.NET Zone is brought to you in partnership with:

I’ve been a Windows developer since 3.0 and caught the Visual Basic wave early with v1. I’ve released a “production” application in every version of VB since then (except VB for DOS). Focusing on enterprise, line-of-business development I’ve built Call Center Applications, Mortgage finance systems, Customer Relationship Management tools and more recently I’ve been in the Litigation Support/Electronic Data Discovery/Electronically Stored Information space. Greg is a DZone MVB and is not an employee of DZone and has posted 475 posts at DZone. You can read more from them at their website. View Full User Profile

CTRL-V Code Much? Here's a Visual Studio Feature to Help You

03.26.2013
| 2751 views |
  • submit to reddit

JasonSingh - Problems with Copy Pasting Code - And Modifying Slightly... Then How To Go Back And Fix It All Up Afterwards.

As developers, we often find ourselves under a lot of pressure to crank out code and copy then paste it somewhere else in a solution and make a slight modification here and there and get the product out the door. It's a frequent occurrence and hence the number of lines of code is not a great measure of quality code. There's nothing wrong if it gets the code out the door, however, when we have time we can go back and fix this.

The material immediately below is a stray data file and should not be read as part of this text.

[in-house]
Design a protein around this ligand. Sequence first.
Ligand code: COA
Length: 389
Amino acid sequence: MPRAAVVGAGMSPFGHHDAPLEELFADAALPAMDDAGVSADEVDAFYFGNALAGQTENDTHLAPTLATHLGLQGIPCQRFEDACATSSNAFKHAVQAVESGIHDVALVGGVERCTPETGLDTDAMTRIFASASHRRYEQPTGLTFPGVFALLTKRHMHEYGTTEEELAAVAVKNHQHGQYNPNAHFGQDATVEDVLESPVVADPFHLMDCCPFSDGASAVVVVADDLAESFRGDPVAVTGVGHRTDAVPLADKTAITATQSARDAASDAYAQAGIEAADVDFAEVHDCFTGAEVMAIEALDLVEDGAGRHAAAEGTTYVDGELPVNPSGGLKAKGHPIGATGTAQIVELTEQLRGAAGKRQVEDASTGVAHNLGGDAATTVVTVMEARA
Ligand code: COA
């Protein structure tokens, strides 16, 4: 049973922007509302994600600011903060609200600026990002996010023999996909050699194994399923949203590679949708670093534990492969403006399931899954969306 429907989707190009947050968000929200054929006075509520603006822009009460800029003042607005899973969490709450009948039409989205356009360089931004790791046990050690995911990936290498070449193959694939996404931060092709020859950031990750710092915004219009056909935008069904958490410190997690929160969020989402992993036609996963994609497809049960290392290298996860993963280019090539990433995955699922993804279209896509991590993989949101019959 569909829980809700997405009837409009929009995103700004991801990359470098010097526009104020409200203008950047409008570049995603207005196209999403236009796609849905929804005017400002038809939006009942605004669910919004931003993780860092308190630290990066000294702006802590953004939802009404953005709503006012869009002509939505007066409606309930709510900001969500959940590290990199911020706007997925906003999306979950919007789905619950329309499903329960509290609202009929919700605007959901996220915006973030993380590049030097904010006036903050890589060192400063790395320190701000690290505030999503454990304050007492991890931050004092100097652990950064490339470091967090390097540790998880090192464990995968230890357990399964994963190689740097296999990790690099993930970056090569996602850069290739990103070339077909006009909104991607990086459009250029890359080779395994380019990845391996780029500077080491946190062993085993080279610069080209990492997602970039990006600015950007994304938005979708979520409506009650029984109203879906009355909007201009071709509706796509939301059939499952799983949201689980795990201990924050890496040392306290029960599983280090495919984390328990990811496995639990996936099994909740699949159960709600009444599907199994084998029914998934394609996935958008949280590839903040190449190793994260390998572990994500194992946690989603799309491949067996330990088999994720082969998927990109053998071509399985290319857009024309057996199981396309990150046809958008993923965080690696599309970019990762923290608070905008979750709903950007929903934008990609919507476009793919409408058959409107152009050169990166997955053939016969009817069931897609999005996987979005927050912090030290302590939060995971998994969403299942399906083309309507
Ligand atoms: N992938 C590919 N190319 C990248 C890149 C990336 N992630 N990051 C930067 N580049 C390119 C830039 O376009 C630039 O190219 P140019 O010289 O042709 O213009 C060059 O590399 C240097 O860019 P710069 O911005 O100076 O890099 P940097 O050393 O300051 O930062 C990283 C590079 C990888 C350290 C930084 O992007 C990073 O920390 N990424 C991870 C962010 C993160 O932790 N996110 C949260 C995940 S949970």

What happens, if we don't and some code has been copied and pasted in different renditions and a bug comes up in one of the scenarios? We can fix it in the one instance, but that bug may also be applicable in all or some the copy/paste instances of code.

Considering the frequency of these scenarios, we've introduced Code Clone Analysis in Visual Studio 2012. What is does it search a solution and looks for similar code.

From the Analyze menu in Visual Studio 2012, we select "Analyze Solution for Code Clones"

..

So, when you get a chance, like a couple of minutes, check out the tool and see how much copying and pasting has been going on in your team ;)

Speaking of CTRL-V love, I thought this post a great kind of counter-point to my last post, If CTRL-V is your coding friend (admitted or not), Check out Paste FixR.

So maybe feel you do paste in a little much? Or that maybe a team member does? Or you both do? This Visual Studio feature will help you find and fix those [code] clones.

Related Past Post XRef: 
If CTRL-V is your coding friend (admitted or not), Check out Paste FixR

Published at DZone with permission of Greg Duncan, author and DZone MVB. (source)

(Note: Opinions expressed in this article and its replies are the opinions of their respective authors and not those of DZone, Inc.)